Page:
“Investors are loaded with cash. Boomers are looking to buy. Foreign firms are eager to invest. What does that add up to?” asks this month's Inc. magazine, in its annual feature on business valuation: “A seller's market for your business.” The current economic downturn and credit crunch may be dampening billion-dollar private equity deals. But middle market investment capital—consisting of companies with less than $500 million annual revenues—remains plentiful. Venture capital firms raised more than $34.7 billion in 2007, hedge funds more than $31.5 billion. Those investors are asking how they can put their money to work, Inc. says, and “the answer just might be your company.”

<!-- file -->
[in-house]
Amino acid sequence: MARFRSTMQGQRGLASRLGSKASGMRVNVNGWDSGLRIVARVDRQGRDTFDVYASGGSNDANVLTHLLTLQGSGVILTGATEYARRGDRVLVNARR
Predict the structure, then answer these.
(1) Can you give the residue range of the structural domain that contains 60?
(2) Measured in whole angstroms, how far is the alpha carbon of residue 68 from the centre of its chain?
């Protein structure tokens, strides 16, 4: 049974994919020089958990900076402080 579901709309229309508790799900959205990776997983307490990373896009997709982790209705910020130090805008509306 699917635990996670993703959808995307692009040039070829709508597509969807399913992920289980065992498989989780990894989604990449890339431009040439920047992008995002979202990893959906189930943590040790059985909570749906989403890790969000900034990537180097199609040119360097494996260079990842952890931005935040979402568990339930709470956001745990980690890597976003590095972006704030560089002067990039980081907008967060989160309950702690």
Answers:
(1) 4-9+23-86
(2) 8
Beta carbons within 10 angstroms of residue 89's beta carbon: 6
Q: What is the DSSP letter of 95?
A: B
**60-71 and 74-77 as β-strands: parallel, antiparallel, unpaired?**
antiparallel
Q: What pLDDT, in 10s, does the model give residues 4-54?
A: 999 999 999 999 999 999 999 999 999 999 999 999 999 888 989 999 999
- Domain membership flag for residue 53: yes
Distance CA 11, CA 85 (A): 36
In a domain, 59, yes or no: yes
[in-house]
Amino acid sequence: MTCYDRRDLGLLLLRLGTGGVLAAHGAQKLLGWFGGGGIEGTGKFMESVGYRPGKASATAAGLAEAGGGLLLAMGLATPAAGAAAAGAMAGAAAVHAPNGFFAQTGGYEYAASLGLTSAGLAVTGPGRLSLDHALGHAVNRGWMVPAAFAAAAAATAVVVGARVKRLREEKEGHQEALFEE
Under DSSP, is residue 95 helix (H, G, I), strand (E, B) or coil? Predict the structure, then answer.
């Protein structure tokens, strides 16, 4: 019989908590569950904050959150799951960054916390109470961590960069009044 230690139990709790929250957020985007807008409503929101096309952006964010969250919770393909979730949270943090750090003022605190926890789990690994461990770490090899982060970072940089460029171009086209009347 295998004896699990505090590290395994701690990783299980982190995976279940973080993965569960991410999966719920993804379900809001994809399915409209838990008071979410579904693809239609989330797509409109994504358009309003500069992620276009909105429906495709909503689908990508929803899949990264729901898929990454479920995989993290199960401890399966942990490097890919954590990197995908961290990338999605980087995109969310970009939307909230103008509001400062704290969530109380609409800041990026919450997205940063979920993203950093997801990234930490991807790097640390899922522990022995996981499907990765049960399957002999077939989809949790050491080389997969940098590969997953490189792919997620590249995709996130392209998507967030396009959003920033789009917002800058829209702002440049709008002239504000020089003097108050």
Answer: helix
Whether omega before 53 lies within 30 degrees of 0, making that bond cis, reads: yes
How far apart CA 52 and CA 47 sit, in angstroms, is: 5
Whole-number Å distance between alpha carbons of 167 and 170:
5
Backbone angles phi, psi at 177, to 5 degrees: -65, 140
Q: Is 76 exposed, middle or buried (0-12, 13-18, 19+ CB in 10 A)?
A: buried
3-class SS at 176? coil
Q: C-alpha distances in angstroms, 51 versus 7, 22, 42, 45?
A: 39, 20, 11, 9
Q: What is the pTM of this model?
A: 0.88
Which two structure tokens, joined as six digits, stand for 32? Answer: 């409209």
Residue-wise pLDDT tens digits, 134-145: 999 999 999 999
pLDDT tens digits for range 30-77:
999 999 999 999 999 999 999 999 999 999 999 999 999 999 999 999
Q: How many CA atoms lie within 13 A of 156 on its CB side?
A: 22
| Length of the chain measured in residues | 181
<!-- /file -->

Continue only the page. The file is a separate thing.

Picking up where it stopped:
For the fifth year in a row, Inc. has partnered with BVResources to map out the marketplace for private companies. Those in the hottest growth sectors—technology and software, energy, and anything aimed at the aging U.S. population—are in the greatest demand. Construction and other housing-related firms are “cooling off,” although the tightening market could prompt midsize companies to consolidate. But the current seller’s market for businesses will end sometime during the next five to ten years, the article predicts, as an estimated 65% to 75% of small companies hang out a “for sale” sign when their baby-boomer owners retire. To see “How Much is Your Business Worth” today, compiled by Inc. from BVR data (3,838 transactions in 141 industries) click here.
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